-- Meet the Breeders --
Laura and Todd Garrett, their 3 children
and their animal companions - Ella, Sable, Blue, Buster & Coco
Daughter of Ellie & Pyro
(not used in breeding program)
Daughter of Scarlett
Daughter of Sable
(Our daughter's best buddy)
Son of Ella
<<<=== Our fuzzy misfit. She loves having puppies around to play. Her first litter to experience was Sable's 3rd litter. Coco helped "raise" Blue and Buster.
Sable's & Pyro's grandma
Ella's & Blue's Great-Granny
Our "Nanny" passed away November 2009. She was a big part of raising and socializing the pups and deeply missed.
Pictured above are the Garretts' dogs which are very much a part of their family circle.
They are all great with our children .. and quite protective, when appropriate.
Here is a letter from the main caretaker of the pups, Laura:
Below: Cute moments captured with the pups and caretakers.
How the pups are raised:
"A lot of time is spent caring for the pups .. from the minute they are born. My children and I love to hang out with mom and help her get through the whole birth. We closely watch each pup for the first two weeks. Keeping an eagle eye on the pups is crucial to ensure they aren't sat on by mom .. rolled up in the bedding .. and that they are getting enough of mom's good milk. Needless to say, I don't get much sleep during the first few weeks! After the first three to four weeks, I can start relaxing a bit .. as does mom. This is when puppies are able to wobble around ... and the fun begins! The puppy playfulness kicks in and my kids love it!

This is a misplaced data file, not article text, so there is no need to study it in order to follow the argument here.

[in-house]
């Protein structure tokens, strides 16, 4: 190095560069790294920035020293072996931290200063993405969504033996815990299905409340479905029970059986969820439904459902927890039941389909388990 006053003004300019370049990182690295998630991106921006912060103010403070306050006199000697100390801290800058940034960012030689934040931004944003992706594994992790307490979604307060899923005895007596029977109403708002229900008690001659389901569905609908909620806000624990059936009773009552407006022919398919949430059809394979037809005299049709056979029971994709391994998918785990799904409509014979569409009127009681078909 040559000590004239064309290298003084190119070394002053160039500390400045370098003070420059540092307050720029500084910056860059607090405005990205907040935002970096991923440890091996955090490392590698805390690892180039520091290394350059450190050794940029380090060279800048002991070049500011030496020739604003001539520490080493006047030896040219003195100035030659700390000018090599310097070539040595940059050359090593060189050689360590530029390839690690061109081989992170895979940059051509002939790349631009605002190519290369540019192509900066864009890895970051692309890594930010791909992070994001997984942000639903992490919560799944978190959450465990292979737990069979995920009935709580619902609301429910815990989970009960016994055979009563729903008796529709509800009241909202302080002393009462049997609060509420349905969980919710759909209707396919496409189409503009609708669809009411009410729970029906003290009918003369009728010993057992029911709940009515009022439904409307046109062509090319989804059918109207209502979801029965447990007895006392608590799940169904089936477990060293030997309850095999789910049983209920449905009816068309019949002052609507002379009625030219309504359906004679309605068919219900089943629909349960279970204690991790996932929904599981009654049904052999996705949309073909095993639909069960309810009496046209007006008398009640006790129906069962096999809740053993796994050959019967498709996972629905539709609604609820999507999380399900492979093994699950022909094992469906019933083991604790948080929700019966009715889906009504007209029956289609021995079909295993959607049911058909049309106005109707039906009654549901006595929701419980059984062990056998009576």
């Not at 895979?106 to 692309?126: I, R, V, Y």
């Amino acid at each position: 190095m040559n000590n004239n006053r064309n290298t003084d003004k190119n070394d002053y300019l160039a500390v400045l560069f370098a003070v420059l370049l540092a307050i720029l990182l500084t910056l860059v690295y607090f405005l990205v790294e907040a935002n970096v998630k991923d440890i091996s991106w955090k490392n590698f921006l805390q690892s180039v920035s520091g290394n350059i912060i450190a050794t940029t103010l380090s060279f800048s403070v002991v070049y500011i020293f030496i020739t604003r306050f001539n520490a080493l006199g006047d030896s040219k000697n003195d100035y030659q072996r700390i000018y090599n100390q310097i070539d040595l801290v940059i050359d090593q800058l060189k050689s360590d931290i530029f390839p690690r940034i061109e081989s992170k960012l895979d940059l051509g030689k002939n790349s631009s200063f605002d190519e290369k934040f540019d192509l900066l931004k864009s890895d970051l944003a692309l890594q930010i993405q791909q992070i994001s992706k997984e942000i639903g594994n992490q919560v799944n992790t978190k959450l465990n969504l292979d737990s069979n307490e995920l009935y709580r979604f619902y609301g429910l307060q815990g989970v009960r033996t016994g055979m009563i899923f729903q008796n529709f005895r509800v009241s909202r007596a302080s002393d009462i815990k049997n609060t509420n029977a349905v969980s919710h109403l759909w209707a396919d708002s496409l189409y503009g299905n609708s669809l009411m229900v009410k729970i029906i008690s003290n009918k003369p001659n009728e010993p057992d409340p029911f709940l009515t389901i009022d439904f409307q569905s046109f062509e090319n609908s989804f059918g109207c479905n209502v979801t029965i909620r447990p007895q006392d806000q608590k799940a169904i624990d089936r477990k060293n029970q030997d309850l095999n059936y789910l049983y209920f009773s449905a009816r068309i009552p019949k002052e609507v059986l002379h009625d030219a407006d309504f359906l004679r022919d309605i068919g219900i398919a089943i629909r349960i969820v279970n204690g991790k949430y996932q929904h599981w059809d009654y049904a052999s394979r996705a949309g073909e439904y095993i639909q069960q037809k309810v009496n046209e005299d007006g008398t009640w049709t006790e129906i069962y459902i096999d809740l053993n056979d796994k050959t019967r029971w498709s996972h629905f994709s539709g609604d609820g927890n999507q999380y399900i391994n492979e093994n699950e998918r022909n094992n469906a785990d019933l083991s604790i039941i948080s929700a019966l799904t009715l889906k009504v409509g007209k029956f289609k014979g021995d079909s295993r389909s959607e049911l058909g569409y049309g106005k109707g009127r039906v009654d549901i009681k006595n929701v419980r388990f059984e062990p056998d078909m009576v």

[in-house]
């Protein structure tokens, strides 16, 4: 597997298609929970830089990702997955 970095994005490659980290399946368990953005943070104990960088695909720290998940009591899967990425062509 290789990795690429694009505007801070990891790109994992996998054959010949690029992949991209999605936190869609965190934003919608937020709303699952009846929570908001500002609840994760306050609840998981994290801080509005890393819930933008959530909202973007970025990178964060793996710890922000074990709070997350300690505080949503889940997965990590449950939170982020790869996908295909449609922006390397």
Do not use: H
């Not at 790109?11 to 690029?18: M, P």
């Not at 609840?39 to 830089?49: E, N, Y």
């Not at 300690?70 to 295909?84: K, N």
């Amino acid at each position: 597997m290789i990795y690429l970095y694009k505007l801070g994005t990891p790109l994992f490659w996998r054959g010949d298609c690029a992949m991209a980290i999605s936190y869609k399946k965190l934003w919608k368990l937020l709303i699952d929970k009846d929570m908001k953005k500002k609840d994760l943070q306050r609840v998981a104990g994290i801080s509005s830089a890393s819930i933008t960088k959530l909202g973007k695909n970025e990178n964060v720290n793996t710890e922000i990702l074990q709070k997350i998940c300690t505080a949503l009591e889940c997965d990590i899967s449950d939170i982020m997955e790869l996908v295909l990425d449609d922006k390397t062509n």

From the moment of birth to about 3-1/2 to 4 weeks old, the pups and mom are kept in our master bathroom. When more room is needed, the pups are moved to the back patio which our house wraps around allowing us to keep a constant watchful eye on things. Around week 4 or 5, the pups are introduced to real food - softened. We try to capture milestones and share via pictures posted on this site. The pups are given shots at 6 weeks and 8 weeks of age.
If the pups are doing well with eating dry food and seem less dependent on mom, we allow them to go home at 7 to 8 weeks of age. They are quite playful at this age. It is a sad time for our children but a good life lesson. Understanding the pups don't stay small long does help the kids accept the departure of the pups. Additionally, knowing the pups are going to new owners that are going to love them just as much as we have is comforting. In those moments of departure, my kids realize they helped get the puppy ready for its new owner(s)."
The temperament of our pups:
"For the most part, the Doberman breed has a good temperament. What I have found with our pups, however, that there is something exceptional about their temperament. I whole heartedly believe it has to do with the fact that we are handling them from the minute they are born. The pups are handled and loved on the entire time they spend in our care. It makes a noticeable difference."
Role of Protector:
"What you are going to find with all our pups is confidence. Our Dobes are submissive only to us, their human owners. In every other area they are extremely confident and cower to nothing. The moms of our pups greet everyone who comes to visit the pups with good manners. As long as our Dobes can tell we are okay with the people being there, then they are okay with them, too -- and will insist that hand at their side is petting them!! As for the pups, they tend to approach everything with curiosity. Instinctively, they are checking things out. "